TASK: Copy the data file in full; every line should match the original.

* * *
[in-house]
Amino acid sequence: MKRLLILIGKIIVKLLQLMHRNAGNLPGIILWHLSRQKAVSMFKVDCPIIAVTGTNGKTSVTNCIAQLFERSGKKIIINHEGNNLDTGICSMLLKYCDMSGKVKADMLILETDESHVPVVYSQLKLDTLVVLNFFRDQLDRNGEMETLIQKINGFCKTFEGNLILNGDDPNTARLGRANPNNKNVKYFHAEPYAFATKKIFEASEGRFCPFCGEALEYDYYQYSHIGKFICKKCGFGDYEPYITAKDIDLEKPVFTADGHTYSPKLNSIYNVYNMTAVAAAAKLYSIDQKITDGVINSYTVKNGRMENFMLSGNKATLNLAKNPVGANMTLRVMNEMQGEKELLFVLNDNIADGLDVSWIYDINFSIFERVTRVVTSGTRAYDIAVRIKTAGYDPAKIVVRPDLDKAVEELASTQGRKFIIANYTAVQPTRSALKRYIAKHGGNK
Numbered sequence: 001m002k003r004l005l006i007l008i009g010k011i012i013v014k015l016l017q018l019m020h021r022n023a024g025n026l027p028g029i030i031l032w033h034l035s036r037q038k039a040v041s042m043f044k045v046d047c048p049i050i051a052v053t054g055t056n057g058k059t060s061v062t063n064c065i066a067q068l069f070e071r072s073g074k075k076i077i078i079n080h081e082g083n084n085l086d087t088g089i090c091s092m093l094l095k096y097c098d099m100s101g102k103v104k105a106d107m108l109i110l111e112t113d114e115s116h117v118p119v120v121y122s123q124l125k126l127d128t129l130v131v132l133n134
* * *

[in-house]
Amino acid sequence: MKRLLILIGKIIVKLLQLMHRNAGNLPGIILWHLSRQKAVSMFKVDCPIIAVTGTNGKTSVTNCIAQLFERSGKKIIINHEGNNLDTGICSMLLKYCDMSGKVKADMLILETDESHVPVVYSQLKLDTLVVLNFFRDQLDRNGEMETLIQKINGFCKTFEGNLILNGDDPNTARLGRANPNNKNVKYFHAEPYAFATKKIFEASEGRFCPFCGEALEYDYYQYSHIGKFICKKCGFGDYEPYITAKDIDLEKPVFTADGHTYSPKLNSIYNVYNMTAVAAAAKLYSIDQKITDGVINSYTVKNGRMENFMLSGNKATLNLAKNPVGANMTLRVMNEMQGEKELLFVLNDNIADGLDVSWIYDINFSIFERVTRVVTSGTRAYDIAVRIKTAGYDPAKIVVRPDLDKAVEELASTQGRKFIIANYTAVQPTRSALKRYIAKHGGNK
Numbered sequence: 001m002k003r004l005l006i007l008i009g010k011i012i013v014k015l016l017q018l019m020h021r022n023a024g025n026l027p028g029i030i031l032w033h034l035s036r037q038k039a040v041s042m043f044k045v046d047c048p049i050i051a052v053t054g055t056n057g058k059t060s061v062t063n064c065i066a067q068l069f070e071r072s073g074k075k076i077i078i079n080h081e082g083n084n085l086d087t088g089i090c091s092m093l094l095k096y097c098d099m100s101g102k103v104k105a106d107m108l109i110l111e112t113d114e115s116h117v118p119v120v121y122s123q124l125k126l127d128t129l130v131v132l133n134